Installing a Slate Floor in Your Kitchen
I have always loved the look of natural materials, especially on a floor. When we bought our house the kitchen was absolutely unuseable. The layout was all wrong, the drawers didn't work, the appliances were ghastly. The previous owner, put enameled covers over the stove elements to cover the grease, rust and hideous condition they were in. My wife refused to use this kitchen, and I agreed with her. The first day after closing escrow, in late December, I was gutting this disgusting mess.
The weather was freezing and there was a lot of snow, which is unusual in this part of Washington. The well drillers were trying to finish our well and the storms had knocked out power indefinitly. In the meantime, I had promised my wife a new kitchen by Valentine's Day. Well everybody moved into a hotel (no power or water) except for me. I labored on. Somehow everything seemed to stay on schedule and soon it was time to choose a floor material. Slate was our pick and we are very pleased with the result.
Slate floors are beautiful, but there are a lot of things to consider before installing the slate. The material varies in thickness from between a quarter inch to three quarters of an inch. There are many substrate materials available. You can use Hardibacker, wonderboard or float a mortar bed if your floors are out of level. Anyway, you start out with a nice flat and level surface and try to end up with a nice flat and level surface; using this rough textured and uneven material.
Start laying your slate with the thickest slates as a gauge for the rest of the floor. Plan on using a lot of thinset mortar, to maintain a flat floor. Some slate tiles will have high and low spots, that you will have to split the difference on, while lining them up to the adjacent tiles. You don't want to stub a barefoot toe while making a run to the refrigerator for a midnight snack. I used the rubber handle on my hammer to tap high spots of the slate for height adjustments, and constantly check the slate with a six foot level.
If you have a long kitchen, you should lay the slate in a diagonal pattern. It will add a lot of interest and prevent your kitchen from looking like a long hallway. It is more work to lay a floor diagonally, it requires a lot more cutting and a little more material. I can promise you the end result will more than compensate for the extra work. It's all water under the bridge; down the road when you are living with the finished product. I would probably lay the tiles diagonally for almost any shaped kitchen, just because it is much more interesting and attractive.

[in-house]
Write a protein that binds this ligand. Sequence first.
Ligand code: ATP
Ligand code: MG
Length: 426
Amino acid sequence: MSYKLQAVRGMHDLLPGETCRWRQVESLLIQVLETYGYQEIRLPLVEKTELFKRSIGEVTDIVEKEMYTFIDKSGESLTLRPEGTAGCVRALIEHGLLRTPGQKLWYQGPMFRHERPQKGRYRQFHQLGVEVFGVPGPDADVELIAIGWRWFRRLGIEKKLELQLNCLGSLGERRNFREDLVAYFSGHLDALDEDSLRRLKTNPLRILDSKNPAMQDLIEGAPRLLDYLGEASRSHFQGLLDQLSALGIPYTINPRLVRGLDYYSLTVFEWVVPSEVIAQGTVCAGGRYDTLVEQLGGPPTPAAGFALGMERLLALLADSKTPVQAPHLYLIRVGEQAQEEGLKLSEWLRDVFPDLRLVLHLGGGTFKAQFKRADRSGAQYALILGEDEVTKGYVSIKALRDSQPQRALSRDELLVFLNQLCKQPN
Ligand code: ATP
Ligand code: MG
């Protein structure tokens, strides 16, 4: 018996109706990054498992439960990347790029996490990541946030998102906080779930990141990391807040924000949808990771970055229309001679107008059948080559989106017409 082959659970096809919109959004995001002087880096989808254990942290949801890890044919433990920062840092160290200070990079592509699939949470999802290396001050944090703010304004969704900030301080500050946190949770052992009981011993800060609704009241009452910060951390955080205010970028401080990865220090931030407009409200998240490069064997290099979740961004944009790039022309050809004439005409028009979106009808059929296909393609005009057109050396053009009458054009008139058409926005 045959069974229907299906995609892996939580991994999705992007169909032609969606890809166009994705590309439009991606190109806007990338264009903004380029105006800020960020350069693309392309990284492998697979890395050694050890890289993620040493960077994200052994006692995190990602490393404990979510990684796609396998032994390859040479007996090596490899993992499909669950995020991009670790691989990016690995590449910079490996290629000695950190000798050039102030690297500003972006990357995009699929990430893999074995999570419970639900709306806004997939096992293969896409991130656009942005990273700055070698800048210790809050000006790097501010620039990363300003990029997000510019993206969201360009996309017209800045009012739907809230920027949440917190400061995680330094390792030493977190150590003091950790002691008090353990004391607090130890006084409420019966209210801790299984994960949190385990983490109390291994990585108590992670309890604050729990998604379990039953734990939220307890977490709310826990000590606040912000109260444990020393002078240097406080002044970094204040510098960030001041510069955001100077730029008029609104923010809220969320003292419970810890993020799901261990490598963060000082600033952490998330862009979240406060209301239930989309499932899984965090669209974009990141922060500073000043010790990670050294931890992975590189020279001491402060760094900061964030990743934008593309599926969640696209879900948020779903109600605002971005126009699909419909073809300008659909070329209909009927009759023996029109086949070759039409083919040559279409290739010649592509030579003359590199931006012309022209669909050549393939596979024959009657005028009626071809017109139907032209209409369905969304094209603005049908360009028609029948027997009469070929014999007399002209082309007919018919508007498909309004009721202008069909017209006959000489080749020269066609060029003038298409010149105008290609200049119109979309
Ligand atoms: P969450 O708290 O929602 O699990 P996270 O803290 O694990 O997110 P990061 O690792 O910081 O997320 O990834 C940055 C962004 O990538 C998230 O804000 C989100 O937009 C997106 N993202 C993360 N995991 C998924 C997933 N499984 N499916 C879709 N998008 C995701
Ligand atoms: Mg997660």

My ten year old son laid out all of the tiles for me, choosing the layout by color and pattern. I laid a few tiles one day while he was at school and incurred his wrath, when he came home. My section was 'Boring!' and fortunately is hidden under the dining room table. I am of the opinion that you should leave that part of the job to the professionals like my son. I must say he did a beautiful job and the floor is very striking.
Throw away your plastic tile spacers when laying slate. The slate tiles are not uniform enough in dimension to stay on course using spacers. Decide how big of a grout line you want, strike some chalk lines and then you just have to eyeball it from there.
The counter-tops are a dark green granite and needed a contrasting material in the back-splash. Slate seemed to be the perfect solution and would carry the floor theme up through the cabinets. I took the 12"x12" floor tiles and cut them down to 6"x6" and laid them diagonally for the back-splash. The back-splash accents the counter-tops perfectly and at a fraction of the cost of having them fabricated out of granite.
Slate needs to be cleaned and pre-sealed before grouting. Try and keep the slate clean, while laying them. A damp rag and bucket of water are indispensable items, that will save a lot of clean up work and time later. Slate is pourous and will absorb grout, so it is imperative that you seal it, before grouting. I used the same finish sealer to pre-seal and it worked great.
The masonry sealer was purchsed at Home Depot in the paint department. It goes on white and turns clear when it dries. In my opinion it is an awesome product, the sealer is very economical and durable. It took two coats of sealer after grouting; and application is just about goof proof. Use a brush, roller, sponge or rag and spread the sealer around in a reasonably even coat and wait for it to dry. The finished product was so beautiful it takes my breath away, just like my wife.
Oh! and by the way it was all done, except for some small trim details by Valentines' Day.
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